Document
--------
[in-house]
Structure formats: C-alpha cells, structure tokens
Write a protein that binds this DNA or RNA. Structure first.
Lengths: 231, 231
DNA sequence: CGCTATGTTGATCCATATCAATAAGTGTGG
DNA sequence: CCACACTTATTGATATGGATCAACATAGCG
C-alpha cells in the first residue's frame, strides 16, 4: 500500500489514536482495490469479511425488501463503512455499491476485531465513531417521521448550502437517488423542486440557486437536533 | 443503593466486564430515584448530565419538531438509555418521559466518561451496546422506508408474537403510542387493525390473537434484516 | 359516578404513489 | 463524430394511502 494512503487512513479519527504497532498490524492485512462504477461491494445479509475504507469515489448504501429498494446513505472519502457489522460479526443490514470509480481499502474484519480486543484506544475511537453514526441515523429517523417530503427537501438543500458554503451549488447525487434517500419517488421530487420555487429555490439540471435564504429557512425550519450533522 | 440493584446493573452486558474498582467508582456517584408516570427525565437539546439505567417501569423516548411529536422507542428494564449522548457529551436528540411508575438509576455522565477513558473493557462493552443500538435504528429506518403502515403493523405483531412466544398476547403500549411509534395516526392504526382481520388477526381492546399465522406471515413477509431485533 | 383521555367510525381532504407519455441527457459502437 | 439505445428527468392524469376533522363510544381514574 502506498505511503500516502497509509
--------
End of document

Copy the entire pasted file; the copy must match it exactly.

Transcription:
[in-house]
Structure formats: C-alpha cells, structure tokens
Write a protein that binds this DNA or RNA. Structure first.
Lengths: 231, 231
DNA sequence: CGCTATGTTGATCCATATCAATAAGTGTGG
DNA sequence: CCACACTTATTGATATGGATCAACATAGCG
C-alpha cells in the first residue's frame, strides 16, 4: 500500500489514536482495490469479511425488501463503512455499491476485531465513531417521521448550502437517488423542486440557486437536533 | 443503593466486564430515584448530565419538531438509555418521559466518561451496546422506508408474537403510542387493525390473537434484516 | 359516578404513489 | 463524430394511502 494512503487512513479519527504497532498490524492485512462504477461491494445479509475504507469515489448504501429498494446513505472519502457489522460479526443490514470509480481499502474484519480486543484506544475511537453514526441515523429517523417530503427537501438543500458554503451549488447525487434517500419517488421530487420555487429555490439540471435564504429557512425550519450533522 | 440493584446493573452486558474498582467508582456517584408516570427525565437539546439505567417501569423516548411529536422507542428494564449522548457529551436528540411508575438509576455522565477513558473493557462493552443500538435504528429506518403502515403493523405483531412466544398476547403500549411509534395516526392504526382481520388477526381492546399465522406471515413477509431485533 | 383521555367510525381532504407519455441527457459502437 | 439505445428527468392524469376533522363510544381514574 502506498505511503500516502497509509